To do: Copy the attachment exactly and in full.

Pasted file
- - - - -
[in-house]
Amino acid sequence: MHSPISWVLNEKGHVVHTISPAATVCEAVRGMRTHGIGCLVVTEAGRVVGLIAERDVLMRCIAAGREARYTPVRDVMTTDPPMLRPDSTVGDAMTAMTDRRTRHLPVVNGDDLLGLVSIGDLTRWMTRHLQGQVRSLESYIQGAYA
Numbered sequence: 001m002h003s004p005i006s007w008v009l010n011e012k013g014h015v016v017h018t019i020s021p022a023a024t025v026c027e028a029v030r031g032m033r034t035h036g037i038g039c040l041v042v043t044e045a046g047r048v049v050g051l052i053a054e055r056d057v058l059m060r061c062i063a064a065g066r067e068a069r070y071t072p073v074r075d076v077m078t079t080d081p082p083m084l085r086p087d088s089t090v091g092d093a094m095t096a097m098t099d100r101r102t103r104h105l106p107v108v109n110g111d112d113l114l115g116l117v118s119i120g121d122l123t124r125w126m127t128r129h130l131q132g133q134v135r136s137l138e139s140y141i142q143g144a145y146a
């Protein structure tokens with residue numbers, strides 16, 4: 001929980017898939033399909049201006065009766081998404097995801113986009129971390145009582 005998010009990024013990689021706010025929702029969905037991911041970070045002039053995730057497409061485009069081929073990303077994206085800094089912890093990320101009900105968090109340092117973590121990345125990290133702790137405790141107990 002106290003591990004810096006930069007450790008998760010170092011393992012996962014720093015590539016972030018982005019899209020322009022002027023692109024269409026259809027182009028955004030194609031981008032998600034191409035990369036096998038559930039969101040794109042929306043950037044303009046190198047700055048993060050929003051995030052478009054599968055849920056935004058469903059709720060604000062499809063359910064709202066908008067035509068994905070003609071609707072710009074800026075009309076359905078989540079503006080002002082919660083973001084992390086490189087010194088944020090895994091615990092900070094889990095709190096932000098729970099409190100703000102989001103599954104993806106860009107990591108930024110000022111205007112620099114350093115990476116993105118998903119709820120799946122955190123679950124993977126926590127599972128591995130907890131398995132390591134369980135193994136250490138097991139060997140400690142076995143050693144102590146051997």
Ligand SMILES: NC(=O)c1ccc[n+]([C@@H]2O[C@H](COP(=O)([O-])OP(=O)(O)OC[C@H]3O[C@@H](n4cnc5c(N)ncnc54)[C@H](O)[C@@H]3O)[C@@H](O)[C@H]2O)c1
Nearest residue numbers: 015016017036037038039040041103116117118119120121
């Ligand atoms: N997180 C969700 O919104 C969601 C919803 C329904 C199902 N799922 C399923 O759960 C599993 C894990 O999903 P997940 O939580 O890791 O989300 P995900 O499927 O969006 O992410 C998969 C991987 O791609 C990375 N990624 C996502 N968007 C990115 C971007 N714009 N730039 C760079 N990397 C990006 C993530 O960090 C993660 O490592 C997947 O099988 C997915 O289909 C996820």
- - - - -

[in-house]
Amino acid sequence: MHSPISWVLNEKGHVVHTISPAATVCEAVRGMRTHGIGCLVVTEAGRVVGLIAERDVLMRCIAAGREARYTPVRDVMTTDPPMLRPDSTVGDAMTAMTDRRTRHLPVVNGDDLLGLVSIGDLTRWMTRHLQGQVRSLESYIQGAYA
Numbered sequence: 001m002h003s004p005i006s007w008v009l010n011e012k013g014h015v016v017h018t019i020s021p022a023a024t025v026c027e028a029v030r031g032m033r034t035h036g037i038g039c040l041v042v043t044e045a046g047r048v049v050g051l052i053a054e055r056d057v058l059m060r061c062i063a064a065g066r067e068a069r070y071t072p073v074r075d076v077m078t079t080d081p082p083m084l085r086p087d088s089t090v091g092d093a094m095t096a097m098t099d100r101r102t103r104h105l106p107v108v109n110g111d112d113l114l115g116l117v118s119i120g121d122l123t124r125w126m127t128r129h130l131q132g133q134v135r136s137l138e139s140y141i142q143g144a145y146a
């Protein structure tokens with residue numbers, strides 16, 4: 001929980017898939033399909049201006065009766081998404097995801113986009129971390145009582 005998010009990024013990689021706010025929702029969905037991911041970070045002039053995730057497409061485009069081929073990303077994206085800094089912890093990320101009900105968090109340092117973590121990345125990290133702790137405790141107990 002106290003591990004810096006930069007450790008998760010170092011393992012996962014720093015590539016972030018982005019899209020322009022002027023692109024269409026259809027182009028955004030194609031981008032998600034191409035990369036096998038559930039969101040794109042929306043950037044303009046190198047700055048993060050929003051995030052478009054599968055849920056935004058469903059709720060604000062499809063359910064709202066908008067035509068994905070003609071609707072710009074800026075009309076359905078989540079503006080002002082919660083973001084992390086490189087010194088944020090895994091615990092900070094889990095709190096932000098729970099409190100703000102989001103599954104993806106860009107990591108930024110000022111205007112620099114350093115990476116993105118998903119709820120799946122955190123679950124993977126926590127599972128591995130907890131398995132390591134369980135193994136250490138097991139060997140400690142076995143050693144102590146051997």
Ligand SMILES: NC(=O)c1ccc[n+]([C@@H]2O[C@H](COP(=O)([O-])OP(=O)(O)OC[C@H]3O[C@@H](n4cnc5c(N)ncnc54)[C@H](O)[C@@H]3O)[C@@H](O)[C@H]2O)c1
Nearest residue numbers: 015016017036037038039040041103116117118119120121
């Ligand atoms: N997180 C969700 O919104 C969601 C919803 C329904 C199902 N799922 C399923 O759960 C599993 C894990 O999903 P997940 O939580 O890791 O989300 P995900 O499927 O969006 O992410 C998969 C991987 O791609 C990375 N990624 C996502 N968007 C990115 C971007 N714009 N730039 C760079 N990397 C990006 C993530 O960090 C993660 O490592 C997947 O099988 C997915 O289909 C996820």